The energy colossus Santos is accused of killing dolphins in Australia

an upside-down dead dolphin floating

The severity of an oil spill that killed dolphins off Western Australia (WA) last year is alleged to have been downplayed by an energy company.

According to a statement made public by a whistleblower this week and read in parliament, dead dolphins were discovered floating close to the oil slick left behind by Santos in March.

Santos has previously refuted claims that the spill from its Varanus Island facility was to blame for the deaths.

A comment has not yet been received from the Australian company.

The incident had a "minor spill" and "negligible" environmental impact, the company told the WA Today newspaper in April.

In November, it was amended to state that the dead dolphins had been discovered "a few hours after" the spill, arguing that this was too soon for it to have been the cause of their demise.

However, the whistleblower argued that since the company didn't send environmental experts to the island until more than a week after the incident, it couldn't be sure.

Independent Senator David Pocock read out the statement from a former Santos employee on Thursday.

The Lowendal Islands, which are located about 75 km (46 miles) off the coast of Western Australia, are renowned for their "pristine white sand beaches," "gorgeous blue turquoise water," and "abundant marine and bird life," according to the employee.

In contrast, he claimed that after 25,000 litres of condensate leaked from an underwater hose, sea snakes "writhed in agony" and other marine life suffered.

The whistleblower stated, "I was then shocked at the public comment from Santos.

"There are dead dolphins and sea snakes, tens of thousands of liters of oil in the ocean. This was so insignificant, how?".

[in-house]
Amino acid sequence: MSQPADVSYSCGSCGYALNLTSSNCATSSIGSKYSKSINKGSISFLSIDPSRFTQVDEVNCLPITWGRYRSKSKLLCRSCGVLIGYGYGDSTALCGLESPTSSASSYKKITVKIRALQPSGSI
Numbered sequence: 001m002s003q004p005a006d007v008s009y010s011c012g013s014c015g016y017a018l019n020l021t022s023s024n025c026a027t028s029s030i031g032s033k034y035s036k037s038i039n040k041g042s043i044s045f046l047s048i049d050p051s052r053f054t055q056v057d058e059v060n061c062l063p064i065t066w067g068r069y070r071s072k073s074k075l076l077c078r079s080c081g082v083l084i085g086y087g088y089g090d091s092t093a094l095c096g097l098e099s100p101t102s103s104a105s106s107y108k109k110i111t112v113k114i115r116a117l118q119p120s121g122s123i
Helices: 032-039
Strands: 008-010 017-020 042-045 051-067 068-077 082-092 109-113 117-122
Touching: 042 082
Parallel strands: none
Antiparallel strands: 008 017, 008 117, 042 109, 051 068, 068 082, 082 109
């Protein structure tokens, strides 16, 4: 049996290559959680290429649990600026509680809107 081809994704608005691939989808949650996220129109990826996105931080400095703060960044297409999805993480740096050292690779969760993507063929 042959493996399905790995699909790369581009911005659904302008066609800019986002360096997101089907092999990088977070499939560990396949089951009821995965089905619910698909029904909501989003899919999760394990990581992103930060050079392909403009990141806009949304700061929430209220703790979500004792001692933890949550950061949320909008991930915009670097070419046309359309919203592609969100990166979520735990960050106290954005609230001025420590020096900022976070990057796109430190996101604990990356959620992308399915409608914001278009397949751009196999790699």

They continued by saying that Santos had violated its obligations by allegedly sending environmental assessors later than planned.

They claimed that because it was never checked, they could not have known the impact's true magnitude.

They claimed that Santos' actions were "deceptive" and "contrary to its internal code of conduct... and, possibly, the law," adding that other staff members had also raised concerns internally.

The statement's author, Mr. Pocock, stated that he found the testimony and video to be "very distressing.".

According to him, both Santos' actions and the incident's impact on marine environment protections are seriously in question.

The latest mark on the oil company's "very poor environmental and safety record" is the spill, according to WA's top conservation organization, which told the BBC.

It's crucial that regulators use Santos as an example. Simply put, meager fines are insufficient to keep this kind of thing from occurring again, according to Maggie Wood.

She also expressed worry over the fact that the accusations had only surfaced a year after the incident and were the result of a whistleblower.

How many similar incidents might we be unaware of because people like Santos failed to inform us?

Santos has not yet made a statement to the public and has not responded to inquiries from the BBC.

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